So as they say in Muppet Christmas Carol: to Mr. Batchelder, the Founder of the Feast!
And now back to the history.
Human settlement on Malta dates back at least 5,500 years. This means, as it often does in Europe, that history is stacked on top of history. Justin and I will report back on our Maltese explorations, starting with what remains underground and working our way up.
Until now, the oldest place I've visited in person was the burial site of the Terracotta Army in Xi'an, China. Dating back to ~210 B.C., it predates the Roman Coliseum by nearly 300 years, although those of you who have been to Greece will be less impressed (the Parthenon, for instance, is 200 years older), as will visitors to the Pyramids, which are a whopping 2,300 years older - the oldest was built around 2600 BC.
Well, Those Of You Who Have Been To Greece And Egypt, hold on to your chairs and prepare to be impressed. The oldest construct on Malta dates back to about 3600 B.C. That's right - as far away from the Pyramids as we are from Charlemagne. I'm referring to the Megaliths of Malta, a collective UNESCO World Heritage Site. These stone temples were built all over the islands, evidently for religious purposes. The oldest temple complex, Ggantija, is often considered the oldest freestanding stone structure in the world.
Not only are they old, they're also huge. Time for a vocabulary teaching moment! Ggantija, as you may have guessed, does incorporate the word "Giant": it means "Giant's Tower. (Although Maltese is a Semitic language, and primarily Arabic in grammatical structure, much of the vocabulary comes from Italian. It's comparable to English's classification as a Germanic language in spite of the bulk of the vocabulary coming from Latin through French). The Maltese temple builders departed inexplicably some time around 2500 BC, and later inhabitants of the island often attributed their temple ruins to a race of giants. Bonus vocabulary: the word "megalith," from the Greek "mega" (large) and "lithos" (stone) also refers to the size of the structures.
A close-up of the sign shows the distinctive trefoil shape of Maltese temples:
and Justin poses inside next to a well-preserved altar:
Ggantija is located on Gozo, one of the three Maltese islands (Malta, Gozo, and Comino). Nobody lives on Comino except hotel staff in the tourist season. The other currently excavated megaliths are located on Malta.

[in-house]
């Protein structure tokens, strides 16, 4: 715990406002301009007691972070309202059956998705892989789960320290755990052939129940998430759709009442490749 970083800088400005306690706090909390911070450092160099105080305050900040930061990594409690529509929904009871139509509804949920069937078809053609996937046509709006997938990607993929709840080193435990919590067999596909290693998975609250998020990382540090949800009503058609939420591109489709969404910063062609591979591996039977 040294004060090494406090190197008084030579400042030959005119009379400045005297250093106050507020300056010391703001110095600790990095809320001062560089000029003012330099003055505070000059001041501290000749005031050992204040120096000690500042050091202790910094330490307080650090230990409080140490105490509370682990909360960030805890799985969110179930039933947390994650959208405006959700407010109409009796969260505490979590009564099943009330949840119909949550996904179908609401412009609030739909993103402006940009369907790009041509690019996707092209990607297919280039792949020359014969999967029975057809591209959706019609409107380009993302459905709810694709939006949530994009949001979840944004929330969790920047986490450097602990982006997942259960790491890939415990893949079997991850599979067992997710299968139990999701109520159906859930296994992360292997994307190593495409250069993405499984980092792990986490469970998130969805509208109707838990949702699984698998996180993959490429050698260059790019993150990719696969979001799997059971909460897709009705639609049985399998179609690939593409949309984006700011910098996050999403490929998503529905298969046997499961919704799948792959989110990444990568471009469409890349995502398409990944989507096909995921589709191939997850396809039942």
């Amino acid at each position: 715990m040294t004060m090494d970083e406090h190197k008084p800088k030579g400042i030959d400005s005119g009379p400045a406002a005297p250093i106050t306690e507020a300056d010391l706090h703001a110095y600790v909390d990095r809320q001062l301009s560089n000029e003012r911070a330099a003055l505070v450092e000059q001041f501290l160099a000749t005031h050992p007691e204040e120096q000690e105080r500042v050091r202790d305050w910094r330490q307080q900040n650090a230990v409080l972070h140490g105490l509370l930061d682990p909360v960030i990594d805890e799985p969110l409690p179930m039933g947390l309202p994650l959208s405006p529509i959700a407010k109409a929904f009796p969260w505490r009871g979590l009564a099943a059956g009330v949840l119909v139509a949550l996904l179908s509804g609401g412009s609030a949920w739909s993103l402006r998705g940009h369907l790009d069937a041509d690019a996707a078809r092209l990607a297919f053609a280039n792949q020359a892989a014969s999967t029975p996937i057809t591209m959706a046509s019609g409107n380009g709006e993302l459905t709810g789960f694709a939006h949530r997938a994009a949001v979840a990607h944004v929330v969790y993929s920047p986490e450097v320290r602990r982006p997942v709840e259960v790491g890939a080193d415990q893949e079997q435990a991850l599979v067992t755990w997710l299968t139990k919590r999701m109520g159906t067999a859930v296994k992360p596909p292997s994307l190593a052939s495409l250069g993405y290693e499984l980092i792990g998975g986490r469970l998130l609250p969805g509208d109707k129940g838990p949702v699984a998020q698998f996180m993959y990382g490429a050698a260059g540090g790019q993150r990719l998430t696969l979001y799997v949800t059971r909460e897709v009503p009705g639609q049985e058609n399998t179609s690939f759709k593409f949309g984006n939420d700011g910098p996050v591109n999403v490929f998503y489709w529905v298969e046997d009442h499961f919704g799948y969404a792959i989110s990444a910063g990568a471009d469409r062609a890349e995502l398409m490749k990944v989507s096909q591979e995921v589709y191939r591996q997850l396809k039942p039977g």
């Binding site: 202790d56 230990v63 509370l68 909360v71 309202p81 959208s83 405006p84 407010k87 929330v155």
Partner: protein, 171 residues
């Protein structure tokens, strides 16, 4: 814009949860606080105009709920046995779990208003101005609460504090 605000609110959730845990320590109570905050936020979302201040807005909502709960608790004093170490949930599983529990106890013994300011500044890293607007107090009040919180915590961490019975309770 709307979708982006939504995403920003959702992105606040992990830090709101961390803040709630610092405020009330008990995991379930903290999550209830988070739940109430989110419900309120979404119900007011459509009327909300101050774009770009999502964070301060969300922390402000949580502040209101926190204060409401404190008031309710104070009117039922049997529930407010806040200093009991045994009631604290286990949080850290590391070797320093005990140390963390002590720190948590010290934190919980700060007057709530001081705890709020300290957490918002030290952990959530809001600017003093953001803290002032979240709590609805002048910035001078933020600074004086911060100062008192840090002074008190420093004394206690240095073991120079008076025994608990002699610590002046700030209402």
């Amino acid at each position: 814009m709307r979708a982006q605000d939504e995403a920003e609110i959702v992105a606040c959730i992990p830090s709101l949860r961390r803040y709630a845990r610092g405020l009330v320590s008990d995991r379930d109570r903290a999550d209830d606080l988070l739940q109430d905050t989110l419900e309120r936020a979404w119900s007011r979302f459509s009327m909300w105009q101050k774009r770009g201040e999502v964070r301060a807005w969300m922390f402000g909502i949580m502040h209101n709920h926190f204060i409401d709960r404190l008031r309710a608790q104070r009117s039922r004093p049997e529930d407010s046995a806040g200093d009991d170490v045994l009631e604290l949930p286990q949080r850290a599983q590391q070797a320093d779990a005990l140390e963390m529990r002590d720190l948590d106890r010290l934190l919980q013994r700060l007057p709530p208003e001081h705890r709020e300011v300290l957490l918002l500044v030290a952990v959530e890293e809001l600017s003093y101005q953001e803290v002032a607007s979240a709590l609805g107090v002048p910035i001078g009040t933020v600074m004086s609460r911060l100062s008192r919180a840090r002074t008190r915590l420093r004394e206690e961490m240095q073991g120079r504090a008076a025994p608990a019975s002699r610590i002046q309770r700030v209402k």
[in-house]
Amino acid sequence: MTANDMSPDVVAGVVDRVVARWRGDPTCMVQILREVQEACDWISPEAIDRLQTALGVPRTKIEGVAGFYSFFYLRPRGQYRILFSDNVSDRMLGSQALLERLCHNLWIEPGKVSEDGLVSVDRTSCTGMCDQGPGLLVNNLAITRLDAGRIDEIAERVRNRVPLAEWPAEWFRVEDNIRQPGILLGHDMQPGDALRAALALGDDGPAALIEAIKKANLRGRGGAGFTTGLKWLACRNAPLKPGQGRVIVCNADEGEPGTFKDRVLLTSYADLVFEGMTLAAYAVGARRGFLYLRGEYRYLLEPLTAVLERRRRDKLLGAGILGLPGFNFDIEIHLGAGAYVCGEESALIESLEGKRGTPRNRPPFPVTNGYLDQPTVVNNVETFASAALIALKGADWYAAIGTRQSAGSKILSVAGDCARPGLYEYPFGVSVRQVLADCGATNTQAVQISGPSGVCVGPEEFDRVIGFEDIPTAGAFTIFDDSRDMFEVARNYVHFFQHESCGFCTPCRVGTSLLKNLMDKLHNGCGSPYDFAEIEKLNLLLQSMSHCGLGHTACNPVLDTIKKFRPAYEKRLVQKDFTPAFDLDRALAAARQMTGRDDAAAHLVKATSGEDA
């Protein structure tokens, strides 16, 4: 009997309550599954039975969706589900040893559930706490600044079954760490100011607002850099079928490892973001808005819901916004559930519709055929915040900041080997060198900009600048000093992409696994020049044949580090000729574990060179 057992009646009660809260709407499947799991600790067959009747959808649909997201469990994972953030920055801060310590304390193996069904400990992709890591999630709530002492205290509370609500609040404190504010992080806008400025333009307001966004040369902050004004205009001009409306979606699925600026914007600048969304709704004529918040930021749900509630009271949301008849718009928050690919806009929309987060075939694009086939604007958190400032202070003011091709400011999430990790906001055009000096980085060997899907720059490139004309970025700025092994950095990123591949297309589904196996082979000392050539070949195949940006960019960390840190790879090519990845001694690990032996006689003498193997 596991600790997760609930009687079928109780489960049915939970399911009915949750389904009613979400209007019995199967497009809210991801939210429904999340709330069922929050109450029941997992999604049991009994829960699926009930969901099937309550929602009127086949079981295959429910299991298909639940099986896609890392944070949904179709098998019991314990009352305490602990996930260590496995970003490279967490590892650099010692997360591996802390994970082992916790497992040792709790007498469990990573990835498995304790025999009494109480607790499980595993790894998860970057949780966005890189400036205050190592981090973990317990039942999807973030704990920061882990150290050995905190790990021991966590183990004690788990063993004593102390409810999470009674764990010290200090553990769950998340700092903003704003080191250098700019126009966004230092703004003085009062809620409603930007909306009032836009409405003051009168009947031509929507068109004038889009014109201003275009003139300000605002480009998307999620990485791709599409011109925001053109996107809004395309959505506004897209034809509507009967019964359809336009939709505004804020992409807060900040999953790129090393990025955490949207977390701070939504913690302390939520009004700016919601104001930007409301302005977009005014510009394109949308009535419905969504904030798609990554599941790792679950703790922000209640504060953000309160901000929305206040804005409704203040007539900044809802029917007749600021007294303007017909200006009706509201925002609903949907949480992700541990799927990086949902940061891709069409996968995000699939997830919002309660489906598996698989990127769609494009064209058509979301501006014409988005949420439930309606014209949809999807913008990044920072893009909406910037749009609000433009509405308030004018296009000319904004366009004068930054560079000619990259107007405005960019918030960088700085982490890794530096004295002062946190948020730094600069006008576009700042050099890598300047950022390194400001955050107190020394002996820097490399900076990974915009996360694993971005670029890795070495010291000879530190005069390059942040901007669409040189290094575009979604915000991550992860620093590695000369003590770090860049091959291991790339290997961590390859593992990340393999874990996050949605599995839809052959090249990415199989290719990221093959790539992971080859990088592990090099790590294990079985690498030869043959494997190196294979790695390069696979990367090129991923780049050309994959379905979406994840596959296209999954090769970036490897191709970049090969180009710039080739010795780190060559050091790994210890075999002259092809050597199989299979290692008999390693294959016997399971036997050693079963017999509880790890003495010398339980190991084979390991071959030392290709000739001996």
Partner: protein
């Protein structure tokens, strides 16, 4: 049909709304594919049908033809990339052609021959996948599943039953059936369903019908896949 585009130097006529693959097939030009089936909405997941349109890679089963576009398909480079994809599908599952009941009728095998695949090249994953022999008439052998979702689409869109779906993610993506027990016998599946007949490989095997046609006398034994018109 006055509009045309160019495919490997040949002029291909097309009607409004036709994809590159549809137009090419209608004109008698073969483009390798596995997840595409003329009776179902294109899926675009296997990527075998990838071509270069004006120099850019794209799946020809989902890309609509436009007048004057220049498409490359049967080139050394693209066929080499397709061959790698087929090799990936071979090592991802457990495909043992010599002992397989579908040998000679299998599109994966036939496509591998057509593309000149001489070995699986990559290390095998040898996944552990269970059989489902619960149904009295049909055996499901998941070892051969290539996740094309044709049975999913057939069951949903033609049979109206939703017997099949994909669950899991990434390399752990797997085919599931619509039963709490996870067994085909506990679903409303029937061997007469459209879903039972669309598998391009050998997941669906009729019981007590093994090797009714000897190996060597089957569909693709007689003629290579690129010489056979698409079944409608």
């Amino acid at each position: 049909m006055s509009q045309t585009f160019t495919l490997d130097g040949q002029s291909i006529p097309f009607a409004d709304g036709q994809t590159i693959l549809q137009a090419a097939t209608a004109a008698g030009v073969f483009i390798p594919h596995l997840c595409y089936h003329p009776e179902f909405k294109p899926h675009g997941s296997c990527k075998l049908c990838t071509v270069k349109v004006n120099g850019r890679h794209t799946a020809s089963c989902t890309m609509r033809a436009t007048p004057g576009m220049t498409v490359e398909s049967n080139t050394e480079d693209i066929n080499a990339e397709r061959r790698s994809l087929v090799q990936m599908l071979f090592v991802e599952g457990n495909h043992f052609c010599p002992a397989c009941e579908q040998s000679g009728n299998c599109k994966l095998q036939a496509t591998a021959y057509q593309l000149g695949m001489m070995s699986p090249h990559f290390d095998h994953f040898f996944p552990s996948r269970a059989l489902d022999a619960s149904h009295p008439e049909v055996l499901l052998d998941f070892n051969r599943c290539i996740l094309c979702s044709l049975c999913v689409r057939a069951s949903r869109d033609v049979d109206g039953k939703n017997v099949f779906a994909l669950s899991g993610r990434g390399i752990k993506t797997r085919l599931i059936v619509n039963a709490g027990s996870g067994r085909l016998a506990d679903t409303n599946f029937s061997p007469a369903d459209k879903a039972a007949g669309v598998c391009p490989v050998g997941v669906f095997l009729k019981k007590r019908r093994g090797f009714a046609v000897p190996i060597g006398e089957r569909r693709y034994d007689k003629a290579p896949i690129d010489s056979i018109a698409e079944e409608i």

The last picture suggests a solution to the question of how the temples were roofed. Wood has been scarce on Malta since prehistoric times. The temple builders solved this problem by corbelling. This means that when you build a wall, you make each stone layer slightly longer than the one it sat on, gradually closing the walls in. It ends up looking like you're inside a beehive. (I learned about corbels as a kid from What It Feels Like To Be A Building, which for my money is the world's best children's book on architectural engineering.)
What's that you say? I promised to start underground? Hey, they used to be underground. It's not my fault archaeologists got there first. In fact, the excavation in the 19th century of most of these temples has been a bad thing. Scientific methodology at the time was not as stringent, and the exposure of the sites to wind and rain has caused them to deteriorate more in the last hundred years than in the thousands they spend below ground. The scaffolding you saw above on the Ggantija Temples is part of the preservation effort. Hagar Qim and Mnajdra have been placed under tents:
Another means of preservation is removing the original stones and replacing them with replicas. The decorated stones shown here are replicas placed at the Tarxien Temples site. The originals have been moved to the National Museum of Archaeology for preservation.
Carved animal stone; perhaps an altar:
Spiral patterns, a popular design motif in Malta's prehistoric art:
And remains of one of Malta's famous "fat lady" figures, which suggest a mother goddess or fertility cult to modern scholars.
But if you won't buy my excuse-making that previously underground sites qualify as underground, then how about this: tune in next time for the Hal Saflieni Hypogeum!
Overall personal reaction to the temples? Well, it is definitely cool to see them, but for me, it was a struggle to see them as they were, and to remember that they had been buildings. Tarxien in particular is a messy pile of stones. I think kids or students would have serious difficulty envisioning the original form and connecting to the colossal engineering achievement that they represented at the time. After seeing two or three, the temples started to blur with each other, and I was annoyed that the sites themselves did not make a clear distinction between original and replica stonework. The entrance fees also feel steep, possibly due to the expense of preservation, unless you do what we did and get the Heritage Malta pass (it gives you one access each to all their sites, including museums, and is a much better bargain if you are planning on seeing at least four or five sites).
Eddie Izzard has a comedy routine in which he proposes that mass murder is simply too much for the human mind to comprehend. The gist is that one murder earns you the death penalty, serial killing perhaps puts you in an asylum, but twelve million murders leaves you thinking, "Well done! You must get up very early in the morning!" (It is, admittedly, a particularly dark comedy routine). I think I had a similar feeling with the temples. Five thousand five hundred years is simply not an age that I can make meaningful in my mind. This is my problem, though, and not a problem with the sites. As a UNESCO junkie, I'm definitely glad I went, but my experience at the Hypogeum was much stronger.